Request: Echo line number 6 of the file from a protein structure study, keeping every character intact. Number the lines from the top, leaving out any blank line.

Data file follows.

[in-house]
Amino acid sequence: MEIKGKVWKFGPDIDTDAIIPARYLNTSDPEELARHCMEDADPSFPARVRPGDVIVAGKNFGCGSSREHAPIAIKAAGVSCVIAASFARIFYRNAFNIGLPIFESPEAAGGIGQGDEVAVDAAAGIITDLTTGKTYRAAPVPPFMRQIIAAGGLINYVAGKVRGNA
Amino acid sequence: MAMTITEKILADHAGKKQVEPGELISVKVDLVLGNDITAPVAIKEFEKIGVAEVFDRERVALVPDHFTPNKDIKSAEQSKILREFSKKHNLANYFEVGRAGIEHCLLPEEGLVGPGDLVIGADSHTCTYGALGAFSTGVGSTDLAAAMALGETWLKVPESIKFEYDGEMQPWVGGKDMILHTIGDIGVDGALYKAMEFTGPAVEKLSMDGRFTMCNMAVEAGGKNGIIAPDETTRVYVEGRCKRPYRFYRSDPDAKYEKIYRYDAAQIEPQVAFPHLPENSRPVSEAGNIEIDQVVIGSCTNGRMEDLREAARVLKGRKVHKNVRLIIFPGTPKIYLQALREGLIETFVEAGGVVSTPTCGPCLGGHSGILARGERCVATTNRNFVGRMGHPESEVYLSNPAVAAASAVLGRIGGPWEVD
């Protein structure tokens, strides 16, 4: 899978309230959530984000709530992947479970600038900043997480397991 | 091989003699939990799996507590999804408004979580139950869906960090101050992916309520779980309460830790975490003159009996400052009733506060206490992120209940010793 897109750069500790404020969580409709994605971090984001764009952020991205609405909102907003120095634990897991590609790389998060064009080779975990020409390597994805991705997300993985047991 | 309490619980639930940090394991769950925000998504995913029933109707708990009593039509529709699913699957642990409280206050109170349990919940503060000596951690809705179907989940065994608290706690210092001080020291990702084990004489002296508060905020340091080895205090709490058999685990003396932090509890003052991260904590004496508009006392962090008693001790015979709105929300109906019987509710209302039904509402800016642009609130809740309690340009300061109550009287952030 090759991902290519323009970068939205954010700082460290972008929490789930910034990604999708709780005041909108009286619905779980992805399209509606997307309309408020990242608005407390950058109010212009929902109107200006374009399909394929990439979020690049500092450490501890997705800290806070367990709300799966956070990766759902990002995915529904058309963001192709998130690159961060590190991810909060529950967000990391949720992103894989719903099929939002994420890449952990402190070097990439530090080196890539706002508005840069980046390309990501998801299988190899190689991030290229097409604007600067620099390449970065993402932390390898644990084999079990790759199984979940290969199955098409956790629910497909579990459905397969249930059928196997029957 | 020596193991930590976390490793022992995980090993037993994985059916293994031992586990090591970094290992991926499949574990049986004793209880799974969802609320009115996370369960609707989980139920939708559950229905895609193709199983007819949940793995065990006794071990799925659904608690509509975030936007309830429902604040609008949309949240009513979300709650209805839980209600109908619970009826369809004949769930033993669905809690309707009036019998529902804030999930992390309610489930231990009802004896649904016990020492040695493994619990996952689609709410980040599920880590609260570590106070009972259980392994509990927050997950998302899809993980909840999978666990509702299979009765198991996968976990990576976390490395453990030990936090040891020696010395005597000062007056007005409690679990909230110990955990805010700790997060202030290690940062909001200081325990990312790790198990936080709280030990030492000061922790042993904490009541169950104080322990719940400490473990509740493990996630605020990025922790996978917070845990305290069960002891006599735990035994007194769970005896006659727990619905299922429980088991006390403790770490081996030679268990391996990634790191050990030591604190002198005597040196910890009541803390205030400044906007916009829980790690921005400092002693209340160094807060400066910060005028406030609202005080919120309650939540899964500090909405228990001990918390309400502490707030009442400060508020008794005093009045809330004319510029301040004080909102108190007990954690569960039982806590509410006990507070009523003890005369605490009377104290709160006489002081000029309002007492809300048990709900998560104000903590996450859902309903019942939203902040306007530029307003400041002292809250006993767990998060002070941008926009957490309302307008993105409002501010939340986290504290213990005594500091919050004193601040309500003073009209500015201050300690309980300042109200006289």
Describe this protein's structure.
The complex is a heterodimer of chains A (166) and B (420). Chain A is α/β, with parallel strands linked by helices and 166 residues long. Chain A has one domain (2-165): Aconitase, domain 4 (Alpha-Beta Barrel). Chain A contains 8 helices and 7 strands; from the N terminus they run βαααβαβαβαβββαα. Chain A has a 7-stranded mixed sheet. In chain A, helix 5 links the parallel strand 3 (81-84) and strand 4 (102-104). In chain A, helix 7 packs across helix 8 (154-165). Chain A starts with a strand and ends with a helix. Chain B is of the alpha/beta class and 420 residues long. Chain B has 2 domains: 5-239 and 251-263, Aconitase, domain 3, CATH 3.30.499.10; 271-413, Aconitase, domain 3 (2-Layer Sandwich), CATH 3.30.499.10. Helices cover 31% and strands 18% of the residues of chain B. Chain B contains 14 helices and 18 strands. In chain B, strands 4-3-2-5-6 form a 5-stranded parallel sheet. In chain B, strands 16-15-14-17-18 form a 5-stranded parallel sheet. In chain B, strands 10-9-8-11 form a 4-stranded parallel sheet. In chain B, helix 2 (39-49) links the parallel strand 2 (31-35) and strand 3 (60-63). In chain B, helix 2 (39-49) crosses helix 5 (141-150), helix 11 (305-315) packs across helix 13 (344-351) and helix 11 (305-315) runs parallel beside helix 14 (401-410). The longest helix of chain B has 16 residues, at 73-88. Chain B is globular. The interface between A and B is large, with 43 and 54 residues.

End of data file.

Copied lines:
The complex is a heterodimer of chains A (166) and B (420). Chain A is α/β, with parallel strands linked by helices and 166 residues long. Chain A has one domain (2-165): Aconitase, domain 4 (Alpha-Beta Barrel). Chain A contains 8 helices and 7 strands; from the N terminus they run βαααβαβαβαβββαα. Chain A has a 7-stranded mixed sheet. In chain A, helix 5 links the parallel strand 3 (81-84) and strand 4 (102-104). In chain A, helix 7 packs across helix 8 (154-165). Chain A starts with a strand and ends with a helix. Chain B is of the alpha/beta class and 420 residues long. Chain B has 2 domains: 5-239 and 251-263, Aconitase, domain 3, CATH 3.30.499.10; 271-413, Aconitase, domain 3 (2-Layer Sandwich), CATH 3.30.499.10. Helices cover 31% and strands 18% of the residues of chain B. Chain B contains 14 helices and 18 strands. In chain B, strands 4-3-2-5-6 form a 5-stranded parallel sheet. In chain B, strands 16-15-14-17-18 form a 5-stranded parallel sheet. In chain B, strands 10-9-8-11 form a 4-stranded parallel sheet. In chain B, helix 2 (39-49) links the parallel strand 2 (31-35) and strand 3 (60-63). In chain B, helix 2 (39-49) crosses helix 5 (141-150), helix 11 (305-315) packs across helix 13 (344-351) and helix 11 (305-315) runs parallel beside helix 14 (401-410). The longest helix of chain B has 16 residues, at 73-88. Chain B is globular. The interface between A and B is large, with 43 and 54 residues.